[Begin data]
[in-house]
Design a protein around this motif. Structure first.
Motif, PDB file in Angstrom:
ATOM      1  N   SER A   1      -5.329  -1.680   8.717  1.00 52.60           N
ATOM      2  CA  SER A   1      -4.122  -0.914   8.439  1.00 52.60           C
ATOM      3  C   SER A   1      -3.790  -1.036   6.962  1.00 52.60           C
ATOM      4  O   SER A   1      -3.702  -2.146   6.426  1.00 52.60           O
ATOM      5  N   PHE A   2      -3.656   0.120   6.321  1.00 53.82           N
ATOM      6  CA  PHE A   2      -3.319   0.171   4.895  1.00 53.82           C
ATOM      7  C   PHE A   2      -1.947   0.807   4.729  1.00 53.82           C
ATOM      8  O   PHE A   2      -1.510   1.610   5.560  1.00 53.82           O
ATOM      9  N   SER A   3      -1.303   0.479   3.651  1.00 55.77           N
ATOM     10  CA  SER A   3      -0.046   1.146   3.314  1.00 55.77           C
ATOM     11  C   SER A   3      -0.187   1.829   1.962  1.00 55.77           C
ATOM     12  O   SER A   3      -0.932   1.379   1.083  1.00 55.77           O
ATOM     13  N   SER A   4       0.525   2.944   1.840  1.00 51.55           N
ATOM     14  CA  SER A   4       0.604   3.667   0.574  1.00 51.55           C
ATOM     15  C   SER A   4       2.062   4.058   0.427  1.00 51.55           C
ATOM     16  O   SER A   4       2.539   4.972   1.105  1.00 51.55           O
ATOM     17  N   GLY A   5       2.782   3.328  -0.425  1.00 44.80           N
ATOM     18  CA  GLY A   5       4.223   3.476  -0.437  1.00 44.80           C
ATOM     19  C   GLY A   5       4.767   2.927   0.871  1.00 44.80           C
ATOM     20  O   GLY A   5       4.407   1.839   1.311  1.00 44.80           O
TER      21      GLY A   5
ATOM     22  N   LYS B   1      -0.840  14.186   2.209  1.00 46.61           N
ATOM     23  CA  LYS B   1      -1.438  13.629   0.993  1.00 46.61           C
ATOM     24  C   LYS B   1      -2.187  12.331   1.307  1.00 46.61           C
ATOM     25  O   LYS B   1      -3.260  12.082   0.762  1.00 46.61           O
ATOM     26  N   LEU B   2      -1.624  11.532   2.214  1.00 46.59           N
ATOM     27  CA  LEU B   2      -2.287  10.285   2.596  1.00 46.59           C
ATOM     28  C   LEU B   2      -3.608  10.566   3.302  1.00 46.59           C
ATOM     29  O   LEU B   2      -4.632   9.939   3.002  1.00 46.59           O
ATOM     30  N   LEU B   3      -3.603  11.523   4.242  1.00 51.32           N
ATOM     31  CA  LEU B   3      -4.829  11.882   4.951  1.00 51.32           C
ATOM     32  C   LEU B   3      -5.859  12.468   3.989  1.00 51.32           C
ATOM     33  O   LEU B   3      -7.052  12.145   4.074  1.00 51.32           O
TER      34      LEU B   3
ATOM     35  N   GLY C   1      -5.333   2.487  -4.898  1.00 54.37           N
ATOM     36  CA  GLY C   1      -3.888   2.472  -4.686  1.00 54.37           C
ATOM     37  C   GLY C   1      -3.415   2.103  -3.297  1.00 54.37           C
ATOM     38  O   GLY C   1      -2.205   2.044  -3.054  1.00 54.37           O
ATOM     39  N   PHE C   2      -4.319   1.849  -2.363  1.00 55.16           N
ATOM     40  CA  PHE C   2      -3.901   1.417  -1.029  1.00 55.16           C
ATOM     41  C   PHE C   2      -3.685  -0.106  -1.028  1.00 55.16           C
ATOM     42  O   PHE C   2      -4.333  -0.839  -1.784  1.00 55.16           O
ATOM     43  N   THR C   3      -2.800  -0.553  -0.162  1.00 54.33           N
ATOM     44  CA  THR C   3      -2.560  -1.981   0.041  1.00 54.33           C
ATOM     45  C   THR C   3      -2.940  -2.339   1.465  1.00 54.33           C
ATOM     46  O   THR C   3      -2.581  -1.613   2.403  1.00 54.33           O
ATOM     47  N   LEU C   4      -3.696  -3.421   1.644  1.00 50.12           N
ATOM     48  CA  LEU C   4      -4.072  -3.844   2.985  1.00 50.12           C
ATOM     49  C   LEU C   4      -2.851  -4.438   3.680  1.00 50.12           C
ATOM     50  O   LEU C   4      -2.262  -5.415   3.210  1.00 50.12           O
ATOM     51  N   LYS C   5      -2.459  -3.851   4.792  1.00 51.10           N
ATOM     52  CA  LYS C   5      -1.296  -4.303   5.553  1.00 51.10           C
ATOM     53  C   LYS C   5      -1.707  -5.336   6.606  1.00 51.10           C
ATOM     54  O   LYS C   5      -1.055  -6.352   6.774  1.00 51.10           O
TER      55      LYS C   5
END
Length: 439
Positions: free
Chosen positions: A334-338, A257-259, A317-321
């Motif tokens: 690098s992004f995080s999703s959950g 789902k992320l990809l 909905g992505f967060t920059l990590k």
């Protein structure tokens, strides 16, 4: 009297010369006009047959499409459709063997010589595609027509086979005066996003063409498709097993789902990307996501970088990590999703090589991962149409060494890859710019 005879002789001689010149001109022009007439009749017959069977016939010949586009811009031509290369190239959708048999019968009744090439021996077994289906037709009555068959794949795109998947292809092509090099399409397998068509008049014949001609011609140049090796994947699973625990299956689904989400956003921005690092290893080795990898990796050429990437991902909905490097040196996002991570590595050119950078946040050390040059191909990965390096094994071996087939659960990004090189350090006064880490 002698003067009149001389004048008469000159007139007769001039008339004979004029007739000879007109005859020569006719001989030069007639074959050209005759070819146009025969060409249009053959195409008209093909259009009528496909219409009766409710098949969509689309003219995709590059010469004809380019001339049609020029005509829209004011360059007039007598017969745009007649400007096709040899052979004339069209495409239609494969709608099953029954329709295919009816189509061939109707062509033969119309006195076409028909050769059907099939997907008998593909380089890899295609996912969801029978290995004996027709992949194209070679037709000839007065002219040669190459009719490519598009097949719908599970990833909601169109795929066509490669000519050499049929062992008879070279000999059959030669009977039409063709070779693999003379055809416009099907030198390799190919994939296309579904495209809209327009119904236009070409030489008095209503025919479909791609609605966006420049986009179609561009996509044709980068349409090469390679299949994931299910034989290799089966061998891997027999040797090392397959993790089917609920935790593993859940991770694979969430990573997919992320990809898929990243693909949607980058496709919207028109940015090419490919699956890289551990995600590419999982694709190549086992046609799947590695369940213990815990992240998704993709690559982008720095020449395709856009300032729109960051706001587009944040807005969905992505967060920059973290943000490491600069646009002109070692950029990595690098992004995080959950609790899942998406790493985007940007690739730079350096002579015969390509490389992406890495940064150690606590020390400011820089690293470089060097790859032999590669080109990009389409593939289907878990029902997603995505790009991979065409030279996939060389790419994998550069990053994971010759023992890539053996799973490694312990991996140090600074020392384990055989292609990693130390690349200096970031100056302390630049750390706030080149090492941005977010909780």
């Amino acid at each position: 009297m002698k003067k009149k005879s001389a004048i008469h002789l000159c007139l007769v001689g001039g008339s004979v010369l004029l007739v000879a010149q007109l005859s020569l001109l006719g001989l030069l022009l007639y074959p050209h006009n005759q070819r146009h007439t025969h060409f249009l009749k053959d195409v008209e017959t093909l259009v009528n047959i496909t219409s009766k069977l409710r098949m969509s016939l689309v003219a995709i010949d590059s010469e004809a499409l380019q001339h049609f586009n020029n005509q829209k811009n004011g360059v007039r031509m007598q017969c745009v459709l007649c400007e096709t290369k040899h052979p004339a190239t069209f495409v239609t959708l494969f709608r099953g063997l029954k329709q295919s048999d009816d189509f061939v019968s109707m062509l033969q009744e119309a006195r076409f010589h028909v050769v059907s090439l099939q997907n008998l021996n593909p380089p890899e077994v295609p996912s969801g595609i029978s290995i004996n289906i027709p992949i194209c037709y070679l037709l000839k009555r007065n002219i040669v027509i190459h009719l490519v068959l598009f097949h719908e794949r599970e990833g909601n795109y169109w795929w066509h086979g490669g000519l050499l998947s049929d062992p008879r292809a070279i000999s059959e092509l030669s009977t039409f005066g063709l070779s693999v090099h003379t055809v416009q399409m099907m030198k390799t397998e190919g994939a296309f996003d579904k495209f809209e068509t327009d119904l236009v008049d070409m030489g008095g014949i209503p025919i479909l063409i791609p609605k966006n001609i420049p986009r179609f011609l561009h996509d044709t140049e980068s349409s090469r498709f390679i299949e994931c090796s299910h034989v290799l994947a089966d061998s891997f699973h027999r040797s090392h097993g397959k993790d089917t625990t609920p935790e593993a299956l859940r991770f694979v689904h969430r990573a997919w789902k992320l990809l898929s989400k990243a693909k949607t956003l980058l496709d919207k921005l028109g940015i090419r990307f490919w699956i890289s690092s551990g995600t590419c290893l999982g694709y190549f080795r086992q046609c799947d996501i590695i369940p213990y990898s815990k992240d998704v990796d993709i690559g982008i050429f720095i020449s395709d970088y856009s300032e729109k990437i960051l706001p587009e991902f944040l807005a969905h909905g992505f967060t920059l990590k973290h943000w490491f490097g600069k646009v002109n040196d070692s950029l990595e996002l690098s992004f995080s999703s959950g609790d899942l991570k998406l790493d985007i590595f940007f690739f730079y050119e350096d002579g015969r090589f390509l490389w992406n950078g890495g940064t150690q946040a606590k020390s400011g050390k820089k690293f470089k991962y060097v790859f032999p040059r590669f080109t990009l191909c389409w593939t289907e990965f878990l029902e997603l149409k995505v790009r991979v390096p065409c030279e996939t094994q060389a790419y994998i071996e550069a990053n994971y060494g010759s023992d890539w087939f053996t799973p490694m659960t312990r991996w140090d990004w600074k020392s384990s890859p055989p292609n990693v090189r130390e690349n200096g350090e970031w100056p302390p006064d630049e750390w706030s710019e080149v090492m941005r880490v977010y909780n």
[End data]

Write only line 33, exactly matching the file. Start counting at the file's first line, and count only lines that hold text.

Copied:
ATOM     30  N   LEU B   3      -3.603  11.523   4.242  1.00 51.32           N